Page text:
A NASA spacecraft, Parker Solar Probe, entered the solar atmosphere becoming the
first spacecraft to flow through the corona (Sun’s upper atmosphere).
Researchers can now analyse much more detailed information about our nearest star and its impact on the nearby planet group.
The latest findings were published by the American Physical Society.
Inflated Hot-Jupiter Discovered
A team of researchers at Physical Research Laboratory (PRL), Ahmedabad, has discovered a new exoplanet using PRL Advanced Radial-velocity Abu-sky Search (PARAS) optical fibre-fed spectrograph.
The discovery is the first of its kind in the country on the 1.2-metre Telescope of PRL at its Mt Abu Observatory. The newly discovered planet (TOI 1789b or HD 82139b) is orbiting very close to an ageing star (HD 82139 or TOI 1789).
Since the planet orbits the star in just 3.2 days, this star-planet system is unique. The discovery was published in the refereed journal Monthly Notices of the Royal Astronomical Society.
Estimation of the 3-D distribution of molecular and atomic H 2 in a nearby galaxy
A scientist from Raman Research Institute (RRI), Bengaluru, has estimated the 3D distribution of molecular and atomic hydrogen in a nearby galaxy which can give hints to the star formation processes and the evolution of the galaxy.
The study was published in the journal Monthly Notices of the Royal Astronomical Society.
Farfarout — Most Distant Object in Solar System
The faint object nicknamed ‘Farfarout’ which was discovered in 2018 has now been recognised as the most far-off object yet found in our Solar System.
The international Gemini Observatory and other ground-based telescopes helped astronomers to confirm the most distant object.
The object was designated by the International Astronomical Union.
Farthest γ-ray Emitting NLS-1 Galaxy
Researchers from India’s ARIES (Aryabhatta Research Institute of Observational Sciences), in association with other institutions’ scientists, have found a new active galaxy and identified it as the most distant gamma-ray emitting Narrow-Line Seyfert 1 (NLS1) galaxy — TXS 1206 + 549, known to date.
This unique entity TXS 1206 + 549 is situated at a redshift (z) of 1.34 and 31 billion light-years away from us.
The study was reported in the journal Monthly Notices of Royal Astronomical Society.
Organic Matter from an Asteroid
Organic matter & water necessary for life on earth were found on the surface of Asteroid ‘Itokawa’ by researchers from Royal Holloway, University of London.
The single grain (nicknamed ‘Amazon’) sample from the asteroid showed that the organic materials that originated from the asteroid have chemically evolved over the years.
This is for the first time that organic matter that could serve as the chemical precursors for the beginning of life on earth has been found on the surface of an asteroid.
Discovery of First X-rays from Uranus
The ice giant Uranus which is four times the diameter of Earth has been detected emitting X-rays for the first time.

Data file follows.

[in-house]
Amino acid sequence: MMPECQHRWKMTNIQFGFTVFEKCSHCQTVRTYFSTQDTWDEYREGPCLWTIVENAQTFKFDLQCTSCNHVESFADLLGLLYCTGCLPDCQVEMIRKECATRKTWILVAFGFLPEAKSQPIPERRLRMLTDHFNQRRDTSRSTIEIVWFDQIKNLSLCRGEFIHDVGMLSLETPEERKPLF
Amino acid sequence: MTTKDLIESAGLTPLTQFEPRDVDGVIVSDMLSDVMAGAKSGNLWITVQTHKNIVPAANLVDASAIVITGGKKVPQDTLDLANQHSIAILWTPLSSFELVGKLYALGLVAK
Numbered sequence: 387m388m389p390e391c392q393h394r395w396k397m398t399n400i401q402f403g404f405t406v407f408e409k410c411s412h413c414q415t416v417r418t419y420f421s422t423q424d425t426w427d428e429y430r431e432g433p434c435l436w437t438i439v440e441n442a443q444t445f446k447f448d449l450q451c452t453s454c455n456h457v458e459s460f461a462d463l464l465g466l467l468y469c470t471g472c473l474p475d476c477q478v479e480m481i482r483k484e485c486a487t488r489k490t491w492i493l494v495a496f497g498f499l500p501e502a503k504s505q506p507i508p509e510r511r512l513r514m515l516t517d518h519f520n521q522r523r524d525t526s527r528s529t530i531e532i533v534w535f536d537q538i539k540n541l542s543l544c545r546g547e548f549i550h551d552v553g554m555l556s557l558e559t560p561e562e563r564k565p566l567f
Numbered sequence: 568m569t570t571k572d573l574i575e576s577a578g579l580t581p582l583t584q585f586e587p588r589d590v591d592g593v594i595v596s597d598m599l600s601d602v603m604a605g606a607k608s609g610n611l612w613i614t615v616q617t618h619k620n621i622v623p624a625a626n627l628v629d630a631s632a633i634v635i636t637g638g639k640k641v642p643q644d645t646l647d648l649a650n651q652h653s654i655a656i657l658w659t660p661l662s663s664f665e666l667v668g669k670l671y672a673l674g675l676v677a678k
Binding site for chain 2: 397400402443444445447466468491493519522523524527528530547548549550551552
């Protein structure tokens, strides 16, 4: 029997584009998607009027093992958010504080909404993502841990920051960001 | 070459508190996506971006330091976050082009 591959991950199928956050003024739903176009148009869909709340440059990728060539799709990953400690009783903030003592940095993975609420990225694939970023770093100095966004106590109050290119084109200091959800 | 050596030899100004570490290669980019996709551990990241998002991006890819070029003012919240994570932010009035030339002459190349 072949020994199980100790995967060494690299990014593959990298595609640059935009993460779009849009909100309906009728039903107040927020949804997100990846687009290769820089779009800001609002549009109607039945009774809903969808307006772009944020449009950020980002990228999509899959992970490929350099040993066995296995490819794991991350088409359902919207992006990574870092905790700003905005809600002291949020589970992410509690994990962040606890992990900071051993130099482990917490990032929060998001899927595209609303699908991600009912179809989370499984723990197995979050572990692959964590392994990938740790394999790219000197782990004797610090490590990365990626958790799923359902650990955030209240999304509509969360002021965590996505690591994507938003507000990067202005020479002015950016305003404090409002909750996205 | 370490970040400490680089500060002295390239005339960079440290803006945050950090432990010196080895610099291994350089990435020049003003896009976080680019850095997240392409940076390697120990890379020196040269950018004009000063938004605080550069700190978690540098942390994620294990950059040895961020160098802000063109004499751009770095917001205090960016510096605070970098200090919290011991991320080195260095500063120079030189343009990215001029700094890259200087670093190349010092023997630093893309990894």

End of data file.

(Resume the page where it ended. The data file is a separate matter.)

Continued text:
With the help of the Chandra X-ray Observatory of NASA, astronomers have observed X-rays from Uranus which could provide them insights into this enigmatic giant planet in our planetary system.
Most-detailed radio image of Andromeda Galaxy
Researchers have come up with a detailed radio image of the Andromeda galaxy, at the microwave frequency of 6.6 GHz, for the first time.
The image will help in recognising and examining regions of the galaxy where new stars originate. The details were published online in Astronomy and Astrophysics.
First Detection of Light behind a Black Hole
Astrophysicists from Stanford University have directly spotted light from behind a supermassive black hole.
The black hole is around ten million times more massive than the sun and situated in the centre of a galaxy 800 million light-years away.
This detection fulfils the prediction of Albert Einstein’s theory of general relativity. The first-ever recordings of X-rays emission were detailed in a paper published in Nature.
First Commercial Re-programmable Satellite — EUTELSAT
The European Space Agency (ESA) launched the world’s first commercial fully flexible software defined satellite — Eutelsat Quantum — in July from Europe’s Spaceport in French Guiana.
The re-programmable satellite was developed under an ESA Partnership Project with satellite operator Eutelsat and prime manufacturer Airbus.
The sophisticated reprogrammable telecommunications satellite is capable of responding to the changing demands for data transmission and secure communications during its 15-year lifetime.
Bacteria may help to Grow Plants on Mars
A team of researchers from NASA’s Jet Propulsion Laboratory (JPL), the University of Southern California, Cornell University and the University of Hyderabad, India, has found and isolated four strains of bacteria from various areas aboard the International Space Station.
The isolated strains belong to the family Methylobacteriaceae. The discovery may help astronauts grow their own food. Their genetic analysis shows that they are closely related to Methylobacterium indicum.